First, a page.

Dispelling 3 Common Business Intelligence Myths
Business Intelligence (BI) has become a major aspect of business, as such, companies large and small are adopting implementing BI projects. The problem is, this can cause concern regarding job safety among other things. These “myths” can quickly spiral out of control and demoralize a whole office or company. In order for this not to happen, you should be aware of the common myths related to BI.
Myth #1: BI will replace experienced judgment Managers and users often perceive that a BI solution may replace or override their knowledge and experience for business decisions that affect their area of responsibility. The reality is that BI empowers decision making and leverages experience by providing supporting detail often otherwise missing. Critical to the success of any BI implementation is a common vision of how BI is going to improve business decisions.
Debunk Myth#1 with clear expectations and assurances that the value your employees experience will only be augmented with better information.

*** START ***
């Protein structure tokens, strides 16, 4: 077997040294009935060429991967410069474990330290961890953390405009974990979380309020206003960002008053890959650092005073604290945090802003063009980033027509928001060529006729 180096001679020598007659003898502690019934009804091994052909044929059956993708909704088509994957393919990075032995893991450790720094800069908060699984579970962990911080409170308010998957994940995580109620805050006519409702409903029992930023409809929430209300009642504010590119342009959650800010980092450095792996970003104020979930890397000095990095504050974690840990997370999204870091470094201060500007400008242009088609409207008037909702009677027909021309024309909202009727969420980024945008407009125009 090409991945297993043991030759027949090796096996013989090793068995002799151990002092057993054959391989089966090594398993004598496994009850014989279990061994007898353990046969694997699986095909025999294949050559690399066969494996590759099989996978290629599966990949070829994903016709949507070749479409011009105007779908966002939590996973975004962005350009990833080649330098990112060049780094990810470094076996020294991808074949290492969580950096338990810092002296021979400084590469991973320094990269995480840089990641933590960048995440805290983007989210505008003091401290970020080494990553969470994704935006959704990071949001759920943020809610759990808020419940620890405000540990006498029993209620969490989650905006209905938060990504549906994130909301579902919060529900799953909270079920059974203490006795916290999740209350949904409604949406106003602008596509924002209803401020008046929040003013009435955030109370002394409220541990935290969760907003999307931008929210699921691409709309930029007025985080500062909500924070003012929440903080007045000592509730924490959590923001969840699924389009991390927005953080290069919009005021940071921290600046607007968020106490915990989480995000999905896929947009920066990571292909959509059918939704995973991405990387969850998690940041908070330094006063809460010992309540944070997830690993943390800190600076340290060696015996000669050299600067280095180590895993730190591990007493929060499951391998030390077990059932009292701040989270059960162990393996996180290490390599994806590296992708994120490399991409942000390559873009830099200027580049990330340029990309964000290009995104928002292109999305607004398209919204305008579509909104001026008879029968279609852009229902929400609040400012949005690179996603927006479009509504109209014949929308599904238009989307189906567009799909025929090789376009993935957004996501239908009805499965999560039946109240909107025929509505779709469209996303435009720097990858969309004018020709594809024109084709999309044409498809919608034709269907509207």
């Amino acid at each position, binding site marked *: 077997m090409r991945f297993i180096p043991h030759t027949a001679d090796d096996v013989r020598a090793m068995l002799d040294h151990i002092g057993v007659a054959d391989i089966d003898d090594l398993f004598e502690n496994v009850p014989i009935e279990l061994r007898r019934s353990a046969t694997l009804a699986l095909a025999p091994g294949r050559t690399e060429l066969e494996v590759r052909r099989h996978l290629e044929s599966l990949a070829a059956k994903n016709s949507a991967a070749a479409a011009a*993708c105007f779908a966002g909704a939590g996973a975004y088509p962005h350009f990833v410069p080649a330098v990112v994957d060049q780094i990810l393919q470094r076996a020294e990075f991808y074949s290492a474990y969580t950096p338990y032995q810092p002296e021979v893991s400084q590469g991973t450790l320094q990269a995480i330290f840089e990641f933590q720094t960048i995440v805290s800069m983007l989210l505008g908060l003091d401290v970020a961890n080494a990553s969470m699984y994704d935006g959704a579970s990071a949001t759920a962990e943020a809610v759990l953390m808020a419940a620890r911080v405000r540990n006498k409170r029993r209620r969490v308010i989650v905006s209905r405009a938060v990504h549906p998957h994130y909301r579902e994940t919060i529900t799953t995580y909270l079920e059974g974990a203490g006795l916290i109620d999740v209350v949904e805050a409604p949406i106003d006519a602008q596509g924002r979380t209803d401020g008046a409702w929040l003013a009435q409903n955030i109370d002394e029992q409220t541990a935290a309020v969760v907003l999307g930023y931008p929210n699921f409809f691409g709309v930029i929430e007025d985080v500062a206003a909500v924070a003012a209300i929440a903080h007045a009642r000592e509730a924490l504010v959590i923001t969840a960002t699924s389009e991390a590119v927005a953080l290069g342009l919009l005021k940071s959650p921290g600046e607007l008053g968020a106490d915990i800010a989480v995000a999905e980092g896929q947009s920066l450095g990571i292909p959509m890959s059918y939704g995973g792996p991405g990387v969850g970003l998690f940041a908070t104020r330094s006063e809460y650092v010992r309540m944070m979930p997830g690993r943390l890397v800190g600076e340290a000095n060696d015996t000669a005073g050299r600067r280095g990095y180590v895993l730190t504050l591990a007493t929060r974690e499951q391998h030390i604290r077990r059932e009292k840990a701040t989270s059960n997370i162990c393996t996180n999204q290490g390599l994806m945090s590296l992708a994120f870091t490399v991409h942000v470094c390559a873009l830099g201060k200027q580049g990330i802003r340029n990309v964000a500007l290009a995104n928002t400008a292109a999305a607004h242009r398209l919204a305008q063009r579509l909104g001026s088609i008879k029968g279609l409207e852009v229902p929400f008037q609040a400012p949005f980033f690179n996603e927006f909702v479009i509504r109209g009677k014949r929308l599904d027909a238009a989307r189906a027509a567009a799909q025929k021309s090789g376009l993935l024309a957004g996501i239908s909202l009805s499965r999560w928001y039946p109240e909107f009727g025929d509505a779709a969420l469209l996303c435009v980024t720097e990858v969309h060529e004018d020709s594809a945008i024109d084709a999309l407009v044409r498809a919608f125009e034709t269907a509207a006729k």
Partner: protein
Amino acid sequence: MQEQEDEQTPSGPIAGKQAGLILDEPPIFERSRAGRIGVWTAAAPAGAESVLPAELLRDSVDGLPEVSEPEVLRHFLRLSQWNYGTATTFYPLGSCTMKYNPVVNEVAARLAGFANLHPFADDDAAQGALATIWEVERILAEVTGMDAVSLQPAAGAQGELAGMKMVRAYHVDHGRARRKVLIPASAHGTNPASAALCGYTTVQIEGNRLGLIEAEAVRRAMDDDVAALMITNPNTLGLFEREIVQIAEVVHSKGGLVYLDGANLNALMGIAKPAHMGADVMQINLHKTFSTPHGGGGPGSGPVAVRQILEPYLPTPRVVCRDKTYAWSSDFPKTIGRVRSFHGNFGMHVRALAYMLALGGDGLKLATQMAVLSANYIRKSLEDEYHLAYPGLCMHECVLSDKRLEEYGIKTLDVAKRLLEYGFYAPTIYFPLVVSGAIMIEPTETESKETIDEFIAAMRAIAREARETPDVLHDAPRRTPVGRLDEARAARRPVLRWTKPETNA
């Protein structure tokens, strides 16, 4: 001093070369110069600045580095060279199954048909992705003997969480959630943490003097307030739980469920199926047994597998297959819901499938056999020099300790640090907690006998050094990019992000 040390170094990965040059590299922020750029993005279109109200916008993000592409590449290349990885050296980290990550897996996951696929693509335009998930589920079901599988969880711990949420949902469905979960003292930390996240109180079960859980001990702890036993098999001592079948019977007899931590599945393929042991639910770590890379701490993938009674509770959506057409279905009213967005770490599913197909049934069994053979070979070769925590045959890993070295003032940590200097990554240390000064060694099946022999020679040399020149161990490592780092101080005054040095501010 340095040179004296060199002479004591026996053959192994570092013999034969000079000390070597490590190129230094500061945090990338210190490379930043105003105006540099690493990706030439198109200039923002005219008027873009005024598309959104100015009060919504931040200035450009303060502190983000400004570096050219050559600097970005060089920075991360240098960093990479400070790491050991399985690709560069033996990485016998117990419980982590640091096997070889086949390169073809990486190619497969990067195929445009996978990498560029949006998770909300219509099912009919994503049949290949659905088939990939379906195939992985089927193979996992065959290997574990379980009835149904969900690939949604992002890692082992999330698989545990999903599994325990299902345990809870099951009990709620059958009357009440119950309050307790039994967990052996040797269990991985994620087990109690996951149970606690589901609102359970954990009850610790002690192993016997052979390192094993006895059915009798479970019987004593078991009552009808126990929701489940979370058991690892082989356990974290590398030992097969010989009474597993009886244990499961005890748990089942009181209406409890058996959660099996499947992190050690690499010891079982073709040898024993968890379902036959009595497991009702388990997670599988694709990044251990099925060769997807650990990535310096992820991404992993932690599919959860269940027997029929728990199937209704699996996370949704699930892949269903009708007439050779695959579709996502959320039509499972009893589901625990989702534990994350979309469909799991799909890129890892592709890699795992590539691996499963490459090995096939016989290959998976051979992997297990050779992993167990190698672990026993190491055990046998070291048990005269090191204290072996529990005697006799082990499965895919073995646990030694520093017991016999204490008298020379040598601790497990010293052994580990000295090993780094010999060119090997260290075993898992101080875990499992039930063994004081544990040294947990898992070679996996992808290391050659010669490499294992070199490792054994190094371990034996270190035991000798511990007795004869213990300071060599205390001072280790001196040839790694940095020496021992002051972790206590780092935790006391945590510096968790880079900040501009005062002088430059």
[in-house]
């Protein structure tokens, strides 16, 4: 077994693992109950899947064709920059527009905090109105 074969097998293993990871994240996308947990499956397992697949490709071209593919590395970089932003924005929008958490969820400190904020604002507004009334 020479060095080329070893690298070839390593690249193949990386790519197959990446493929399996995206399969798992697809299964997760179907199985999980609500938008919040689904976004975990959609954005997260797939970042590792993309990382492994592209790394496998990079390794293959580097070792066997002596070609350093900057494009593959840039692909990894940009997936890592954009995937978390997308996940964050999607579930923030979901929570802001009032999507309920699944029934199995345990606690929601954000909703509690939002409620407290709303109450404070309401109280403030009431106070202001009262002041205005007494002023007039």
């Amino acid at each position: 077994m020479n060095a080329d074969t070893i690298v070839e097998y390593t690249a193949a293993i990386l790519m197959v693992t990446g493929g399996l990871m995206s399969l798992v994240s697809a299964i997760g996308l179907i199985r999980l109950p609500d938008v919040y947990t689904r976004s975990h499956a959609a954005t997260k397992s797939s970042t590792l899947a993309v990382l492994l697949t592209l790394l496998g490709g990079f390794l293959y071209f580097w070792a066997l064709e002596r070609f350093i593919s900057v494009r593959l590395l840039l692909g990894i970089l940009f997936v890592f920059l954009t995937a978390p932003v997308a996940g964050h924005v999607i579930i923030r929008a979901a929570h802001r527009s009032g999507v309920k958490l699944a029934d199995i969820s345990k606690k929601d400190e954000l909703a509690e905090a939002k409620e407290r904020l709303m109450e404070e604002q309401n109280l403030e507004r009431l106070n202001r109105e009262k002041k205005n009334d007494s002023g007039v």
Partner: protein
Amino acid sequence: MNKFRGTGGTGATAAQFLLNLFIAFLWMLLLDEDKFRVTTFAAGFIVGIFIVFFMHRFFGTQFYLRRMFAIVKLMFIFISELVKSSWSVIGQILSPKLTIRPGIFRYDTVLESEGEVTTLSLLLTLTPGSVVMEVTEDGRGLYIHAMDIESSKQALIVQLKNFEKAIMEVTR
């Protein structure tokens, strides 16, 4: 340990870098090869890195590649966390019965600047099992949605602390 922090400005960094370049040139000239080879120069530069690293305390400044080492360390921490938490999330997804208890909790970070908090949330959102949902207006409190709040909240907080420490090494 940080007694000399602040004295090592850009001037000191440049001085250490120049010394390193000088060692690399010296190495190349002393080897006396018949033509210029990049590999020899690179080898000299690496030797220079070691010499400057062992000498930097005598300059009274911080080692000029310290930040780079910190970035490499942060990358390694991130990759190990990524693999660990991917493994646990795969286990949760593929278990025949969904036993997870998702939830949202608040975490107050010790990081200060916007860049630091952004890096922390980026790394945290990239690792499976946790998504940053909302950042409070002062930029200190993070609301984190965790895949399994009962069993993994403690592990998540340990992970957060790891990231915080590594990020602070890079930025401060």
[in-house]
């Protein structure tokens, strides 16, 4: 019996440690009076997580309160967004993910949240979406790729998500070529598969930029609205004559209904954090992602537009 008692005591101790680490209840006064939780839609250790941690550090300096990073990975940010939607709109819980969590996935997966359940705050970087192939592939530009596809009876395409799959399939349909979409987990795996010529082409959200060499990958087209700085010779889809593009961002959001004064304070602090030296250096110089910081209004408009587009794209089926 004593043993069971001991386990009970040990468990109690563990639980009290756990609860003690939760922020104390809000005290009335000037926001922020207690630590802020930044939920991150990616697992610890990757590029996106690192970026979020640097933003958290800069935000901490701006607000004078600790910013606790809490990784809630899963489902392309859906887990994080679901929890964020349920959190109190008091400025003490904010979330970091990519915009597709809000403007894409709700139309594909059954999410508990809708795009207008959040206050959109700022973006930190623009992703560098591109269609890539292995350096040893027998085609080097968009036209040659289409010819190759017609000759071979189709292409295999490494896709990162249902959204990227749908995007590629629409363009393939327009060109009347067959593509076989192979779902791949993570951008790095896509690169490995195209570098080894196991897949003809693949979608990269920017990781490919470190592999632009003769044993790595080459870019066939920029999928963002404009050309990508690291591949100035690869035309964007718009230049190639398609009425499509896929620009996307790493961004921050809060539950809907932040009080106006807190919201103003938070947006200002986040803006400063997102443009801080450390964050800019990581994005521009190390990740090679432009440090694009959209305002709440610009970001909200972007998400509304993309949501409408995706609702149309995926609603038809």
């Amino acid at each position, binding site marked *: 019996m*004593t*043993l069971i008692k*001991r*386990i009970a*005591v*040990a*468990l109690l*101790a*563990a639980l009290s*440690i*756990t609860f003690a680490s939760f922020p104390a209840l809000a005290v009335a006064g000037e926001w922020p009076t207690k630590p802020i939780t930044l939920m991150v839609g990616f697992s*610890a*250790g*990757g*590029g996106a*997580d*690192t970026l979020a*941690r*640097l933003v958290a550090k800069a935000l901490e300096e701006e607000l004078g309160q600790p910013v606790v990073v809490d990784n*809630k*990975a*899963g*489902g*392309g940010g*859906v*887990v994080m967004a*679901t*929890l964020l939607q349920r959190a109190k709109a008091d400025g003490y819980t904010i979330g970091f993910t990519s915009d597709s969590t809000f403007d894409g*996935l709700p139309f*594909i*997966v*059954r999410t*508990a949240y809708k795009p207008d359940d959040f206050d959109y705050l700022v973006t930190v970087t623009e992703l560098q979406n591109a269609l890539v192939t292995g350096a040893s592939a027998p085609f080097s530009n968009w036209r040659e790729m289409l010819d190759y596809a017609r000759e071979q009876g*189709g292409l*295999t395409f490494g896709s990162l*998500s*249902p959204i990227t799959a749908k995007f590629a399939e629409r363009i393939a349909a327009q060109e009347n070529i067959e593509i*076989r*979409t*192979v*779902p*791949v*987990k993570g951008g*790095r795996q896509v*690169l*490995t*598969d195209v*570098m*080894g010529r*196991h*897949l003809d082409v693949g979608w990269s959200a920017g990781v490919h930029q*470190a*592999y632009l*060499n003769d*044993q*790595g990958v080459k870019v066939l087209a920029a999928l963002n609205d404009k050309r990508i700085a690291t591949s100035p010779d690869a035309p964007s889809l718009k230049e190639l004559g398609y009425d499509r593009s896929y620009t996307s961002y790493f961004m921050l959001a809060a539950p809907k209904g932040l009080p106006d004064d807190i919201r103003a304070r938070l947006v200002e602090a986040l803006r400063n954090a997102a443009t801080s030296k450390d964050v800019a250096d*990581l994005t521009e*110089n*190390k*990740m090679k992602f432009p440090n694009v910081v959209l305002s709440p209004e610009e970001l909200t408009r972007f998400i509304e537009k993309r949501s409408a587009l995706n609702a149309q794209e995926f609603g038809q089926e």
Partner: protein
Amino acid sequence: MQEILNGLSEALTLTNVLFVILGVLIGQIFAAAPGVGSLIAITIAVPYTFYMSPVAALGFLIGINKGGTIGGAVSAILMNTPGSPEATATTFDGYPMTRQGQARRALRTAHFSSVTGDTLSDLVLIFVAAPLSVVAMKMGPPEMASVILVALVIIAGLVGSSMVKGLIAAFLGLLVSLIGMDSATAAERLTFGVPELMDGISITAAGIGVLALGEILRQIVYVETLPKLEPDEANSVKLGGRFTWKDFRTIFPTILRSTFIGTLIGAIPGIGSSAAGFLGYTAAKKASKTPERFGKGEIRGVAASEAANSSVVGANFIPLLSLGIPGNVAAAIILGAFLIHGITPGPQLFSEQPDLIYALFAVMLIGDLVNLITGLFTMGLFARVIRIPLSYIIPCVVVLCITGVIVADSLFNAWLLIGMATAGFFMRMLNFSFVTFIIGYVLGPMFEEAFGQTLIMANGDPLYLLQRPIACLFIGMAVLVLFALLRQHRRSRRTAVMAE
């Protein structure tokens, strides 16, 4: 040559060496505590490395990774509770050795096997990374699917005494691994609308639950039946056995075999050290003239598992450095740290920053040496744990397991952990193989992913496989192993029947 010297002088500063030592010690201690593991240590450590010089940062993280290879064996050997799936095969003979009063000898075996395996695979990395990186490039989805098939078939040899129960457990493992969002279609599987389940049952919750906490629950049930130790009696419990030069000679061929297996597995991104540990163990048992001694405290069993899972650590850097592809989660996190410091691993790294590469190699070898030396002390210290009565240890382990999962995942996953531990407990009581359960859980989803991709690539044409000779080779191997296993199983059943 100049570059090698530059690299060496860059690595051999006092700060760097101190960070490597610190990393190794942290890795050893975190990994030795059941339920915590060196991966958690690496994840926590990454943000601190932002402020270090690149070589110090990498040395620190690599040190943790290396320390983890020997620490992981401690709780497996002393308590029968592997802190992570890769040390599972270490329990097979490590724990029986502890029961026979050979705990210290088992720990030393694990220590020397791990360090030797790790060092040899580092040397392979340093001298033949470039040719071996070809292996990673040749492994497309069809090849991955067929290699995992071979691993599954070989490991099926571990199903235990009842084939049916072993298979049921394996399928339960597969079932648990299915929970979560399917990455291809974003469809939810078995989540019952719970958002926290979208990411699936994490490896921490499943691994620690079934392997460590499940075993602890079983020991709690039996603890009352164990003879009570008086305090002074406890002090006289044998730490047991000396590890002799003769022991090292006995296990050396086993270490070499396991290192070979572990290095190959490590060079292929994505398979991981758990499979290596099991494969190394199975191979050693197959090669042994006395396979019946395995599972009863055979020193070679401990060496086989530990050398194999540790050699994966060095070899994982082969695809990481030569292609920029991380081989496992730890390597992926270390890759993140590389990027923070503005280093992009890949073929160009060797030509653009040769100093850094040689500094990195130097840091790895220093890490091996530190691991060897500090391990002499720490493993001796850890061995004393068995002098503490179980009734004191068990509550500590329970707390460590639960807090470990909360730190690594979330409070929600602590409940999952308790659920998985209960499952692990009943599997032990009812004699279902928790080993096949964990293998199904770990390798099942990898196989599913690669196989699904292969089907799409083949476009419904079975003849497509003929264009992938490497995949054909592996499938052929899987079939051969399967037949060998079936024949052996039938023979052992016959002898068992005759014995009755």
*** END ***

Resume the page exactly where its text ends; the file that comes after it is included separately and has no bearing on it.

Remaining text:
Myth #2: Users prefer to figure it out rather than receive training Even the simplest BI tool takes time and practice to help users make the most of the solution. Companies that don’t invest in training often end up wondering why no one uses the tool. The entire organization from top to bottom should receive some level of formal training to get full value from the BI solution. Allowing users to focus time and attention on learning how to use the BI solution will help with user adoption and acceptance.
Avoid Myth #2 by scheduling formal training – away from their regular job – that provides users with hands-on training. (But don’t make them work overtime to “penalize” them for training.)
Myth #3: Once the implementation is done, it’s done A BI project is not over simply because the application has been deployed. BI is an evolution that supports the change and growth of an organization. Start with highly visible and easy-to-implement projects so that people build confidence in its value and in using it. The more complex projects should be scheduled for implementation after familiarity and confidence have been sufficiently built.
The whole point is to leverage the organization’s information assets to new levels of utility and value, so that decision-making across the entire organization, from top to bottom, and with the organization’s external partners, is more effective and productive. Revisiting the uses of BI on a regular basis will ensure that the organization is making the most of their investment.
Debunk Myth #3 by incorporating BI as a strategic component of all business planning activities.
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